So when I say this, bear in mind that many messages can make a game inaccessible to many people, precluding them from enjoying it on the simple basis of its nature. The existence and necessity of trigger warnings are evidence enough, although less prolific, more conventional sorts are abundant. Remember, for instance, those people who protested that homosexuality was included in Dragon Age or Mass Effect, who were so outraged they couldn’t even play it. If politics in involved, and politics is always involved, a game’s narrative will likely be inaccessible to someone.*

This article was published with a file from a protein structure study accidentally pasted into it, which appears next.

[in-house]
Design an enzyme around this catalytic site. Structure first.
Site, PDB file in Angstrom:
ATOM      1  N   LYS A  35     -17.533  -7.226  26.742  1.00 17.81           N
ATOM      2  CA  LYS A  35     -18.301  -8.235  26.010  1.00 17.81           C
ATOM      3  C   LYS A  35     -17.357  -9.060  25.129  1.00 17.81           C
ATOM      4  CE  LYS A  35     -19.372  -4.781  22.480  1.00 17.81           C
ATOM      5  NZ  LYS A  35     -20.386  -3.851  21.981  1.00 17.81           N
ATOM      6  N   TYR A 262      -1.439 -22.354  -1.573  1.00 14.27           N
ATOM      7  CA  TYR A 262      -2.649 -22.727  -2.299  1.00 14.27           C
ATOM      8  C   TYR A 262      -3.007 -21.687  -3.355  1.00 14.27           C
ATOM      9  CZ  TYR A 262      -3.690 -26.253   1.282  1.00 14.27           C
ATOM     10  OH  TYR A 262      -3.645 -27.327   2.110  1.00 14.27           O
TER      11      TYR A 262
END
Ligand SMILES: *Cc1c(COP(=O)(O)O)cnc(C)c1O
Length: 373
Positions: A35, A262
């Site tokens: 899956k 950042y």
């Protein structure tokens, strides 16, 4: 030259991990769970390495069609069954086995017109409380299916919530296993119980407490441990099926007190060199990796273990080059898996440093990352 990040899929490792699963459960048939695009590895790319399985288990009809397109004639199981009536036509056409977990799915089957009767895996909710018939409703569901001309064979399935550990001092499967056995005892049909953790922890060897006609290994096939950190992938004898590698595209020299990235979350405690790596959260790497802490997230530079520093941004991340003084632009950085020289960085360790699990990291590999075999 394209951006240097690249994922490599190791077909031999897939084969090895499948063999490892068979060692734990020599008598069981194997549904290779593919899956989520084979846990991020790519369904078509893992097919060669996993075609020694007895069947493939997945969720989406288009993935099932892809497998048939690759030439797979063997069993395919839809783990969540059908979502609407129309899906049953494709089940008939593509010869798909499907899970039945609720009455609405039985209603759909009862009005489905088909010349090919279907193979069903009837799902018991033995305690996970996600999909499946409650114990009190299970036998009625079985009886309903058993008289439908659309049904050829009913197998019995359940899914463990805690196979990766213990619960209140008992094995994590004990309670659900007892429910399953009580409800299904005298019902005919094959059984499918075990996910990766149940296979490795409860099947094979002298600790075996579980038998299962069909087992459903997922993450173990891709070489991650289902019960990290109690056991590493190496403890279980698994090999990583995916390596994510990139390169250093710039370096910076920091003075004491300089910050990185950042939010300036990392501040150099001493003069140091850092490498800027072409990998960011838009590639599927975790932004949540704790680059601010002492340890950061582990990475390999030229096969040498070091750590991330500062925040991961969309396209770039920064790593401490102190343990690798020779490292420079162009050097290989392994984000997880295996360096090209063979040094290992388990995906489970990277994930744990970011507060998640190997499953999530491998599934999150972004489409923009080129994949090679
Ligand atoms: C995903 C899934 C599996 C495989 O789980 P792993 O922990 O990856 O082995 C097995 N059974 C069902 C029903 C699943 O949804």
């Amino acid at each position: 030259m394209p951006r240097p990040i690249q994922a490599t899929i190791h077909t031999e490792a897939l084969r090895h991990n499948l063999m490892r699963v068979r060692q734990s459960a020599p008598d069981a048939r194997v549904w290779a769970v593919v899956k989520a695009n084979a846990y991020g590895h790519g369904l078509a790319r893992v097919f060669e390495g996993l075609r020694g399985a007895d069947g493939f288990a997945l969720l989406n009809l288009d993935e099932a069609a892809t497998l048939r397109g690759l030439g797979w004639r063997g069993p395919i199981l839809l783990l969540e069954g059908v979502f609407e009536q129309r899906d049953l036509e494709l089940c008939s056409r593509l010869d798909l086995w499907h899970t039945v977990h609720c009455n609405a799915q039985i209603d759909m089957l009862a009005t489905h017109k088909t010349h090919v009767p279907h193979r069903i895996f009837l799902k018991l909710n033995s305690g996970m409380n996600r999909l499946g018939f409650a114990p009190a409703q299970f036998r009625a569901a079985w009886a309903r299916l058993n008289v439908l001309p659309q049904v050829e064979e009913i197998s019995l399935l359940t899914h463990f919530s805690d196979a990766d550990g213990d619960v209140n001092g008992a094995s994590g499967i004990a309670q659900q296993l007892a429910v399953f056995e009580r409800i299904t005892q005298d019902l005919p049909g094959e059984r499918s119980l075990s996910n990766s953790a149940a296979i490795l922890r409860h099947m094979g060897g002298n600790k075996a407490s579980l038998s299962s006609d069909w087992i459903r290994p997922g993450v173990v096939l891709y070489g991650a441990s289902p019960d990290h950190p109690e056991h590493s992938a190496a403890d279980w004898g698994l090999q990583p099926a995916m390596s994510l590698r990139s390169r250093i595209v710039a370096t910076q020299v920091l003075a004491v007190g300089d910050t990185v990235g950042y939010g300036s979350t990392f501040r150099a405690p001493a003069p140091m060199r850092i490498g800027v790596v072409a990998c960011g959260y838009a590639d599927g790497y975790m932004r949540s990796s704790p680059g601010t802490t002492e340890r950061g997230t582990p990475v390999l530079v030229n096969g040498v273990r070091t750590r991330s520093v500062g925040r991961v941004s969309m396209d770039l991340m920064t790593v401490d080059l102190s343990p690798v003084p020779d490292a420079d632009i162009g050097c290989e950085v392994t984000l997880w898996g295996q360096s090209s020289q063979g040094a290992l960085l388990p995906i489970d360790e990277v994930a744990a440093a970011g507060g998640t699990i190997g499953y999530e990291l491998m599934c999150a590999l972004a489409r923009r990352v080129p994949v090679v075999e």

Further to this, a game might be inaccessible to players by its language, the level of skill needed to manipulate and progress through its gameplay systems, the technicalities of ability it asks of the player (eg. I have trouble with platforming mechanics, someone else might have trouble with shooting mechanics, another person might have trouble navigating in a first-person perspective). There might be a level of knowledge of videogame conventions expected of the player, which excludes players new to the medium or genre. Then there’s the platform it’s on, the internet requirements it mandates, the technology it needs to run adequately, and the costs of all these things and more. Then there’s the tangible market availability of the game, the place where someone can go to buy it. There’s also the buttons it might require the player to be able to press or the speed they need to be input, which can be a very real physical obstacle to players for all sorts of reasons. And there’s further obstacles in the auditory and visual expectations of the player’s capacity – there’s very few videogames for those sight-impaired, colour-blind people might struggle with colour conventions widespread through the medium, and sound can be a very important component for progression in some games. And so on.